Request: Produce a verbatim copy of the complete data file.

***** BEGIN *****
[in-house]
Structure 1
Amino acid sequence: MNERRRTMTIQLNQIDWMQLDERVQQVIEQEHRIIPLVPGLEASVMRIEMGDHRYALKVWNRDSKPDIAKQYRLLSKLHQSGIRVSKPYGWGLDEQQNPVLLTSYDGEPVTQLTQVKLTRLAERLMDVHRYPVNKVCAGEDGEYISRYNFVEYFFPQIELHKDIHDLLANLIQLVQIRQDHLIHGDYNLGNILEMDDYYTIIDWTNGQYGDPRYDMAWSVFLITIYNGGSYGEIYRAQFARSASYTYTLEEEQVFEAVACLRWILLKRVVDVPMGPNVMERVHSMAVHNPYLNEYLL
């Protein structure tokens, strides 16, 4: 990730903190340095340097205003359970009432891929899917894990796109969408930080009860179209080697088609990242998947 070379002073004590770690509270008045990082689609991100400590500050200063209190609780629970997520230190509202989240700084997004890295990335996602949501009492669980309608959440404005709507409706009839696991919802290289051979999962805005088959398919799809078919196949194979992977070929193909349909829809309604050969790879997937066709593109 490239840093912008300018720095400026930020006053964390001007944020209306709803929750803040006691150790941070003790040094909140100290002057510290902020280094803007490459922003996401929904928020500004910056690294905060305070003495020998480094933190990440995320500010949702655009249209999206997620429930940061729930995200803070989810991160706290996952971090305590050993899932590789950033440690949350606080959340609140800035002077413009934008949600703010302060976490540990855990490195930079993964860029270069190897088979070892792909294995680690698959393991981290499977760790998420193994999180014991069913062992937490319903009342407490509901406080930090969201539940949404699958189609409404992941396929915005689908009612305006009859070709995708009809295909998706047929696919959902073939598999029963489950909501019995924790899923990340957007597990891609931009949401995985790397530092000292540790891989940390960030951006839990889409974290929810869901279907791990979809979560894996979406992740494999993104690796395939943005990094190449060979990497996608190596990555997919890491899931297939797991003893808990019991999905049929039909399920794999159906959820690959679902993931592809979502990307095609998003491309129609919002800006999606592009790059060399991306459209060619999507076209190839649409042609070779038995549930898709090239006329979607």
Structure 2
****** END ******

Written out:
[in-house]
Structure 1
Amino acid sequence: MNERRRTMTIQLNQIDWMQLDERVQQVIEQEHRIIPLVPGLEASVMRIEMGDHRYALKVWNRDSKPDIAKQYRLLSKLHQSGIRVSKPYGWGLDEQQNPVLLTSYDGEPVTQLTQVKLTRLAERLMDVHRYPVNKVCAGEDGEYISRYNFVEYFFPQIELHKDIHDLLANLIQLVQIRQDHLIHGDYNLGNILEMDDYYTIIDWTNGQYGDPRYDMAWSVFLITIYNGGSYGEIYRAQFARSASYTYTLEEEQVFEAVACLRWILLKRVVDVPMGPNVMERVHSMAVHNPYLNEYLL
């Protein structure tokens, strides 16, 4: 990730903190340095340097205003359970009432891929899917894990796109969408930080009860179209080697088609990242998947 070379002073004590770690509270008045990082689609991100400590500050200063209190609780629970997520230190509202989240700084997004890295990335996602949501009492669980309608959440404005709507409706009839696991919802290289051979999962805005088959398919799809078919196949194979992977070929193909349909829809309604050969790879997937066709593109 490239840093912008300018720095400026930020006053964390001007944020209306709803929750803040006691150790941070003790040094909140100290002057510290902020280094803007490459922003996401929904928020500004910056690294905060305070003495020998480094933190990440995320500010949702655009249209999206997620429930940061729930995200803070989810991160706290996952971090305590050993899932590789950033440690949350606080959340609140800035002077413009934008949600703010302060976490540990855990490195930079993964860029270069190897088979070892792909294995680690698959393991981290499977760790998420193994999180014991069913062992937490319903009342407490509901406080930090969201539940949404699958189609409404992941396929915005689908009612305006009859070709995708009809295909998706047929696919959902073939598999029963489950909501019995924790899923990340957007597990891609931009949401995985790397530092000292540790891989940390960030951006839990889409974290929810869901279907791990979809979560894996979406992740494999993104690796395939943005990094190449060979990497996608190596990555997919890491899931297939797991003893808990019991999905049929039909399920794999159906959820690959679902993931592809979502990307095609998003491309129609919002800006999606592009790059060399991306459209060619999507076209190839649409042609070779038995549930898709090239006329979607």
Structure 2